But there is a difference between President Obama and Prime Minister Chamberlain.  For President Obama, it still isn’t too late.  Even now the United States could do things (and encourage its partners to do things) that could put up a very substantial price for any further Russian expansionism and without committing military forces.  These would have to go well beyond the rather timid diplomatic measures, which have so far invited mockery.  They would need to entail a determined assault on the Russian economy, which is still substantially dependent on the export of oil and gas.  This, of course, is the Achilles-heel of the major European powers, who are heavily dependent on exactly these commodities; a situation made worse by governments like the German Government, pandering to ignorant green sentiment in the matter of power generation.  By contrast, the United States has rapidly increasing oil and gas production, which it could easily increase further.  On the basis of this it could provide an alternative supply to European states.  At the very least, this would have an impact on oil and gas prices generally, as well as enabling a strengthened resolve on the part of the European states most affected.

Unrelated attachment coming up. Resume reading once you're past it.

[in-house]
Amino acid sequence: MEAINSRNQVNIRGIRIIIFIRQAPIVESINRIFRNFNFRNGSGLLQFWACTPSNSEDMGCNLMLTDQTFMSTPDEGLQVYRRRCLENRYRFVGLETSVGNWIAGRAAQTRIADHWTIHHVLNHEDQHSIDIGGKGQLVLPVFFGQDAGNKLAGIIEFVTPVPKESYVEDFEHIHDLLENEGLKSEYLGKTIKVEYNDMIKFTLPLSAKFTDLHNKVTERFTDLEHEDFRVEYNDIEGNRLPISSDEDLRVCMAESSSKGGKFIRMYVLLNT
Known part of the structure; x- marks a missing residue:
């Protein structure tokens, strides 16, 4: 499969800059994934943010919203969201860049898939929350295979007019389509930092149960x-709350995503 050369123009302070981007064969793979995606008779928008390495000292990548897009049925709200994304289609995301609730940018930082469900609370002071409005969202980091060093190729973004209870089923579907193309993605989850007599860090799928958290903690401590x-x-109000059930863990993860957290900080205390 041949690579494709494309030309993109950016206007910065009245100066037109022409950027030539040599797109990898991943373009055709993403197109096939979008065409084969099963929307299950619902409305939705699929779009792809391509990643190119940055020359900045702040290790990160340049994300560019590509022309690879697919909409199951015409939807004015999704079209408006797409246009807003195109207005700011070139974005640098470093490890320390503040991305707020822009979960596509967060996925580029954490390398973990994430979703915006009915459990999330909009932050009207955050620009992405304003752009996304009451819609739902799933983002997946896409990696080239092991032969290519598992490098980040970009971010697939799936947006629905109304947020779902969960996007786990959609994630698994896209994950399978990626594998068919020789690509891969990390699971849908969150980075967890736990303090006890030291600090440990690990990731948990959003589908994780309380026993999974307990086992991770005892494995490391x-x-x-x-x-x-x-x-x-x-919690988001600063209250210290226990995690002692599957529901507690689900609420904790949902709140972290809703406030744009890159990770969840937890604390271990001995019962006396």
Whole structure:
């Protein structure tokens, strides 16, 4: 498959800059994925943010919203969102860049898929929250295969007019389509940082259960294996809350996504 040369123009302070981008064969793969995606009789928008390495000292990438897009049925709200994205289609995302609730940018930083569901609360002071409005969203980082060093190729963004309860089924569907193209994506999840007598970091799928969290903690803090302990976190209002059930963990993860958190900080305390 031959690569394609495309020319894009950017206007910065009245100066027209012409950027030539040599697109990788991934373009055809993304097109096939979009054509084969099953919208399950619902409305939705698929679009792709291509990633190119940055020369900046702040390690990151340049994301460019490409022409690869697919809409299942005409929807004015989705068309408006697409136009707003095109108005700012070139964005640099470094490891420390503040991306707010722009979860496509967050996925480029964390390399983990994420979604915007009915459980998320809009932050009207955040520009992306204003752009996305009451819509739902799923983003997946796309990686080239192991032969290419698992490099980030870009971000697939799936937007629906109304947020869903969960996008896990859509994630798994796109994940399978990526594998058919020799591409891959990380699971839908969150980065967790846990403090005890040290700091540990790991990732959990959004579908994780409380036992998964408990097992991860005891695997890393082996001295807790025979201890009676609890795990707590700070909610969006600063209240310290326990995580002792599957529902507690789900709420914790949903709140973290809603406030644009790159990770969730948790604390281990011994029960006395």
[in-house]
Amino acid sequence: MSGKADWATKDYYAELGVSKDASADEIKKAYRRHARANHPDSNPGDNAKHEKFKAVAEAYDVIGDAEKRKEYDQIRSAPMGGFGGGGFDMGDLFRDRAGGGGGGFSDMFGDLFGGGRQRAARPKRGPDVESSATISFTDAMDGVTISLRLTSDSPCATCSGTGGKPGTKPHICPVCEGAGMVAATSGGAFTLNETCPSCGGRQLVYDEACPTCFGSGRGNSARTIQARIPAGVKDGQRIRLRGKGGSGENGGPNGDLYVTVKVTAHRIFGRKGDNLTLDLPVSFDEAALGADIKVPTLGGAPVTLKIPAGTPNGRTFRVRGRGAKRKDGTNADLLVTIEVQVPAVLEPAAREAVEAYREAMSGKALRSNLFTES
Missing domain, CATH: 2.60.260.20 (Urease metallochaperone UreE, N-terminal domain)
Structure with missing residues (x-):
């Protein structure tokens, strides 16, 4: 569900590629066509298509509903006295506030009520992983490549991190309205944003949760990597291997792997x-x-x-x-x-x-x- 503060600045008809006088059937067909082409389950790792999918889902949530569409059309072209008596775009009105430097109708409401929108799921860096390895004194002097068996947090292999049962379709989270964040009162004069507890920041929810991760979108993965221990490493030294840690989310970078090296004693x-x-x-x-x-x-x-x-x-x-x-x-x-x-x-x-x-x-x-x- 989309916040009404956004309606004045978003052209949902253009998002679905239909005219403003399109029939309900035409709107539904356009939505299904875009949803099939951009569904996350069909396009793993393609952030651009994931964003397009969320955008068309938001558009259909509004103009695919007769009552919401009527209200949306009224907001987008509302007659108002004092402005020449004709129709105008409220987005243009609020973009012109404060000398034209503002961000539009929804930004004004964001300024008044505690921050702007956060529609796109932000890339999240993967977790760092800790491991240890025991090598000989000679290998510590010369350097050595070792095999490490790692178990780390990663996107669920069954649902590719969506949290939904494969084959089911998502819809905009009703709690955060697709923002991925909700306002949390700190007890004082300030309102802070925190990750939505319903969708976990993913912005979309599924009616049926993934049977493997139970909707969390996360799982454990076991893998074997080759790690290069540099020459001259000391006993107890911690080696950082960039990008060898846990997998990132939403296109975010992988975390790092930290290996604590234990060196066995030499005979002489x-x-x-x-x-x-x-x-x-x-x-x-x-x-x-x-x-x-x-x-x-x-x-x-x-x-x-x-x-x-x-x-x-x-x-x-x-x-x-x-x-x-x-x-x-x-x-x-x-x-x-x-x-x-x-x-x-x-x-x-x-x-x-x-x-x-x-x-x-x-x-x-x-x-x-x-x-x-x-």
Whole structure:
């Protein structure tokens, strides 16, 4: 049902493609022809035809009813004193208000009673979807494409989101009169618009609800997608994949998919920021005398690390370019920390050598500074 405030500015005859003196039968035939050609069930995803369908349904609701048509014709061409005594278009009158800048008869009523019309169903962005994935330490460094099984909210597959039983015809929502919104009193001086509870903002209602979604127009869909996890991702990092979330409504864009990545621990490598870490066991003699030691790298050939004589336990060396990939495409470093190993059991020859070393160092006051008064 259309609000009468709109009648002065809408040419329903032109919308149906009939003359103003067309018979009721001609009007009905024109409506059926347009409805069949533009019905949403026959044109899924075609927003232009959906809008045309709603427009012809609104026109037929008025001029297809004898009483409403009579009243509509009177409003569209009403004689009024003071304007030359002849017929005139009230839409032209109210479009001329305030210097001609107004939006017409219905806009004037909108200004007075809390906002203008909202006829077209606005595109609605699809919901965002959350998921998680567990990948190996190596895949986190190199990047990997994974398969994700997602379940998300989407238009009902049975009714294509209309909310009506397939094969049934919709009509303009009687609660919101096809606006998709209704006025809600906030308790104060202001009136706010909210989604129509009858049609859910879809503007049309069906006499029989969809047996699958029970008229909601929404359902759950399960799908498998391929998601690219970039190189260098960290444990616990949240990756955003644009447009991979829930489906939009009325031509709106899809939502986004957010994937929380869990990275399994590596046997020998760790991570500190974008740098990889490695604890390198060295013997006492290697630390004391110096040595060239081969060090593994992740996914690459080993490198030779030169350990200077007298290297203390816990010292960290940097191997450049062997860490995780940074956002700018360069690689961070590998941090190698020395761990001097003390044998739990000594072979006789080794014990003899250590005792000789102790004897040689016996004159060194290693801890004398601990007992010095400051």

There are other measures of a diplomatic character which might be taken.  These include the exclusion of Russia from international meetings concerning trade and security (for example strategic arms limitation talks) and cultural activities.  These things need to be done if we do not wish to see the free peoples of Europe disappear into a gigantic autocracy.  It is up to you, President Obama.  I know you would rather play golf and make speeches about carbon-free utopias.  But it is up to you.


Peter Pearson said...

The United States' attitude to the ellimination of the British Empire and the Soviet Union that espoused the right of peoples to self-determination has come back to bite the Americans the bum.

Anonymous said...

In the lead-up to his 2012 re-election, an interesting exchange occurred at the end of a Seoul, South Korea meeting between President Obama and Russian President Dmitri Medvedev. Obama said that he would have “more flexibility” to deal with controversial issues such as missile defence, but incoming Russian President Vladimir Putin needed to give him “space.”

The exchange was picked up by microphones as reporters were let into the room for remarks by the two leaders:

President Obama: On all these issues, but particularly missile defence, this, this can be solved but it’s important for him to give me space.

President Medvedev: Yeah, I understand. I understand your message about space. Space for you…

President Obama: This is my last election. After my election I have more flexibility.

President Medvedev: I understand. I will transmit this information to Vladimir.

Had the US MSM been doing its job, rather than running interference for their pet candidate, this modern-day Benedict Arnold would NEVER have been re-elected.

Anyone who thinks Obummer will offer any kind of principled opposition to Putin’s resurgent post-Soviet imperialism needs to go away and boil their head to clear their thoughts!

Unknown said...